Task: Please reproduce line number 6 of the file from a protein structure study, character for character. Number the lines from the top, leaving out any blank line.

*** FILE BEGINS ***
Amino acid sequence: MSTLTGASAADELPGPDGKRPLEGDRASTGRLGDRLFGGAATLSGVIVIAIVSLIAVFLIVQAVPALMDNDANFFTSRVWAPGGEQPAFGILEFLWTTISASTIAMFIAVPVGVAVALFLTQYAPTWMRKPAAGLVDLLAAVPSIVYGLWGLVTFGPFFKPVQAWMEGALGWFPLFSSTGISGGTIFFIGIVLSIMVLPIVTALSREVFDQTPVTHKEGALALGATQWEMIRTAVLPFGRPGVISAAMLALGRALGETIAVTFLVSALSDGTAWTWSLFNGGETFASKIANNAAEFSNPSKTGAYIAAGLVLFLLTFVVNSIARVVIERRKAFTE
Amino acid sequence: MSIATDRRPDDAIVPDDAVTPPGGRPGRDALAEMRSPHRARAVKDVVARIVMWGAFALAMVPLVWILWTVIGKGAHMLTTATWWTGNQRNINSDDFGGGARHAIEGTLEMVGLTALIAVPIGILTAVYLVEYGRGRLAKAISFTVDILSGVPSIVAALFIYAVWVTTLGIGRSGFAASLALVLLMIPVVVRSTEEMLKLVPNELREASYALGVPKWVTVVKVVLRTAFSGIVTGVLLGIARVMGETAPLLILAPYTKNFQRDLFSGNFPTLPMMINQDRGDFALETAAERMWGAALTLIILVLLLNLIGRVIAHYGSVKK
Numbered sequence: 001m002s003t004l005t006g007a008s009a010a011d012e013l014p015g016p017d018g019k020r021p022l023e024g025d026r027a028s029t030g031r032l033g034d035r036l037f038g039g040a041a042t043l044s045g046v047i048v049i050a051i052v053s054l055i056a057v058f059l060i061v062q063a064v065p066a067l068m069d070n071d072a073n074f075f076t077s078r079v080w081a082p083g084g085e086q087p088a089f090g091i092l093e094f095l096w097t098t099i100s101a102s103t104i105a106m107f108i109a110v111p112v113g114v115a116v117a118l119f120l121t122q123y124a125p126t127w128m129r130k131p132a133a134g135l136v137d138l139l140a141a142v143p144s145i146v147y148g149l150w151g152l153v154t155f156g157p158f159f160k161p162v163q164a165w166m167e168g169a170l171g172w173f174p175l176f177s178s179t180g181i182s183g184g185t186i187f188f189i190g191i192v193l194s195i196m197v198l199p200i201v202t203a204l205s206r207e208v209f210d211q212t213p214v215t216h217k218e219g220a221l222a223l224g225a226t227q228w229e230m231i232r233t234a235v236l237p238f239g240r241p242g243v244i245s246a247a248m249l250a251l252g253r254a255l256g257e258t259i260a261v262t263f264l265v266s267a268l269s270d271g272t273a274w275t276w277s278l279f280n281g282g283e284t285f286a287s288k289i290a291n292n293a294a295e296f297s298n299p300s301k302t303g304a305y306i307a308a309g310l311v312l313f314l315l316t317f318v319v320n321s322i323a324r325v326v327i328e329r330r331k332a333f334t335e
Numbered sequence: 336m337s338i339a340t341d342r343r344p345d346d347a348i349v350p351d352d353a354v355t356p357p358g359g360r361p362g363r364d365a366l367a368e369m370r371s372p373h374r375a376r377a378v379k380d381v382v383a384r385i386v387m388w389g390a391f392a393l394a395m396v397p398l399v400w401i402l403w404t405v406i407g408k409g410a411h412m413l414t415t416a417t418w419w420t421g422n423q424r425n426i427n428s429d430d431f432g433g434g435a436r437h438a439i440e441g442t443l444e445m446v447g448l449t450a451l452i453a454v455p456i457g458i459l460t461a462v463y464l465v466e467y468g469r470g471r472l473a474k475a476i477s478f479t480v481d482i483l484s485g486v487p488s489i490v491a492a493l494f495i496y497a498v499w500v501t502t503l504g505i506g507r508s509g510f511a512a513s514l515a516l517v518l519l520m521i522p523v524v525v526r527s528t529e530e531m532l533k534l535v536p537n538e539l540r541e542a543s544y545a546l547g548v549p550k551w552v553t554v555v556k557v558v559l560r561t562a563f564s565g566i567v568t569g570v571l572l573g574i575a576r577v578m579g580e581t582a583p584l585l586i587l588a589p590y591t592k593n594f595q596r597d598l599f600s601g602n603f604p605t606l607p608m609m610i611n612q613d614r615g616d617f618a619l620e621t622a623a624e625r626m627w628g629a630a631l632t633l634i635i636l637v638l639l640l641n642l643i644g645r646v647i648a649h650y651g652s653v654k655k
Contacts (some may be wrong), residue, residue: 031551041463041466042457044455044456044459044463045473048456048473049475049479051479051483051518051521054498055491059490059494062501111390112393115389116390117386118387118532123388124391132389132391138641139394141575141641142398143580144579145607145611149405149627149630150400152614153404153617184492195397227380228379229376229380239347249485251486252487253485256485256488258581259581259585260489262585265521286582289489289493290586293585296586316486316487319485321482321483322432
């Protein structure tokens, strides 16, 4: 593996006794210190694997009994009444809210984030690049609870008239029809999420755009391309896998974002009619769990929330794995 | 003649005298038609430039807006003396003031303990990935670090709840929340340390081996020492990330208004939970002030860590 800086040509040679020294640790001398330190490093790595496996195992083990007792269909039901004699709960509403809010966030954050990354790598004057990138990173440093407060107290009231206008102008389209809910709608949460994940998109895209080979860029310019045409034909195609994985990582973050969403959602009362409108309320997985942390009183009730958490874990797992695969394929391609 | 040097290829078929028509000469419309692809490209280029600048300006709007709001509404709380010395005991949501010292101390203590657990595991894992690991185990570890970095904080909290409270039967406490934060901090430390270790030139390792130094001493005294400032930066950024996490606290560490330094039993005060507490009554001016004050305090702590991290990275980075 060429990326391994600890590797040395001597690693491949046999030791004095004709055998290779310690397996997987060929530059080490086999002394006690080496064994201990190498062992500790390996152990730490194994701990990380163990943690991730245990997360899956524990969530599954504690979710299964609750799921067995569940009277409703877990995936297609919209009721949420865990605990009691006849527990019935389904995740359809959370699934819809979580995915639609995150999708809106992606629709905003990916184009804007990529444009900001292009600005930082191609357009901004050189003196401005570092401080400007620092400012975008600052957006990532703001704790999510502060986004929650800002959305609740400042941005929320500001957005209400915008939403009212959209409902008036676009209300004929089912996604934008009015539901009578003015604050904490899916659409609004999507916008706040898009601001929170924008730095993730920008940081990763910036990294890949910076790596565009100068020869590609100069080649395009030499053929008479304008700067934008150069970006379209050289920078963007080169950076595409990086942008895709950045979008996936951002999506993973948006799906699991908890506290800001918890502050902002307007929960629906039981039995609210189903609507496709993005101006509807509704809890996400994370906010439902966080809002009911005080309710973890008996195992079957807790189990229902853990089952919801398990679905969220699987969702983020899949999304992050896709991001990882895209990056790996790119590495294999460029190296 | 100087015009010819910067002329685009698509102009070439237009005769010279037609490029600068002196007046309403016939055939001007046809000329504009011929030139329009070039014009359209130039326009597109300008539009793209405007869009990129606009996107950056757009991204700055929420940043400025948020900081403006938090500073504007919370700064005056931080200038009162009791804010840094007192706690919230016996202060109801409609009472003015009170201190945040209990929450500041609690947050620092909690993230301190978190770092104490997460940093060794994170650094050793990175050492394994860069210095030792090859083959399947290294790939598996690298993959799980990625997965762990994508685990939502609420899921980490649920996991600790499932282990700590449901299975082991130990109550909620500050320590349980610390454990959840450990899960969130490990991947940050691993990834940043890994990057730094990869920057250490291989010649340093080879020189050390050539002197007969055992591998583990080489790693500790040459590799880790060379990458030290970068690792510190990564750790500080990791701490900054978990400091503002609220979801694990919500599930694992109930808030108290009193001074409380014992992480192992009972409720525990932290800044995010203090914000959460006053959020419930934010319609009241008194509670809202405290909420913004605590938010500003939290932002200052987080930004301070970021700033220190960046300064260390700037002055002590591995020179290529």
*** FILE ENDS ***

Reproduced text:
């Protein structure tokens, strides 16, 4: 593996006794210190694997009994009444809210984030690049609870008239029809999420755009391309896998974002009619769990929330794995 | 003649005298038609430039807006003396003031303990990935670090709840929340340390081996020492990330208004939970002030860590 800086040509040679020294640790001398330190490093790595496996195992083990007792269909039901004699709960509403809010966030954050990354790598004057990138990173440093407060107290009231206008102008389209809910709608949460994940998109895209080979860029310019045409034909195609994985990582973050969403959602009362409108309320997985942390009183009730958490874990797992695969394929391609 | 040097290829078929028509000469419309692809490209280029600048300006709007709001509404709380010395005991949501010292101390203590657990595991894992690991185990570890970095904080909290409270039967406490934060901090430390270790030139390792130094001493005294400032930066950024996490606290560490330094039993005060507490009554001016004050305090702590991290990275980075 060429990326391994600890590797040395001597690693491949046999030791004095004709055998290779310690397996997987060929530059080490086999002394006690080496064994201990190498062992500790390996152990730490194994701990990380163990943690991730245990997360899956524990969530599954504690979710299964609750799921067995569940009277409703877990995936297609919209009721949420865990605990009691006849527990019935389904995740359809959370699934819809979580995915639609995150999708809106992606629709905003990916184009804007990529444009900001292009600005930082191609357009901004050189003196401005570092401080400007620092400012975008600052957006990532703001704790999510502060986004929650800002959305609740400042941005929320500001957005209400915008939403009212959209409902008036676009209300004929089912996604934008009015539901009578003015604050904490899916659409609004999507916008706040898009601001929170924008730095993730920008940081990763910036990294890949910076790596565009100068020869590609100069080649395009030499053929008479304008700067934008150069970006379209050289920078963007080169950076595409990086942008895709950045979008996936951002999506993973948006799906699991908890506290800001918890502050902002307007929960629906039981039995609210189903609507496709993005101006509807509704809890996400994370906010439902966080809002009911005080309710973890008996195992079957807790189990229902853990089952919801398990679905969220699987969702983020899949999304992050896709991001990882895209990056790996790119590495294999460029190296 | 100087015009010819910067002329685009698509102009070439237009005769010279037609490029600068002196007046309403016939055939001007046809000329504009011929030139329009070039014009359209130039326009597109300008539009793209405007869009990129606009996107950056757009991204700055929420940043400025948020900081403006938090500073504007919370700064005056931080200038009162009791804010840094007192706690919230016996202060109801409609009472003015009170201190945040209990929450500041609690947050620092909690993230301190978190770092104490997460940093060794994170650094050793990175050492394994860069210095030792090859083959399947290294790939598996690298993959799980990625997965762990994508685990939502609420899921980490649920996991600790499932282990700590449901299975082991130990109550909620500050320590349980610390454990959840450990899960969130490990991947940050691993990834940043890994990057730094990869920057250490291989010649340093080879020189050390050539002197007969055992591998583990080489790693500790040459590799880790060379990458030290970068690792510190990564750790500080990791701490900054978990400091503002609220979801694990919500599930694992109930808030108290009193001074409380014992992480192992009972409720525990932290800044995010203090914000959460006053959020419930934010319609009241008194509670809202405290909420913004605590938010500003939290932002200052987080930004301070970021700033220190960046300064260390700037002055002590591995020179290529």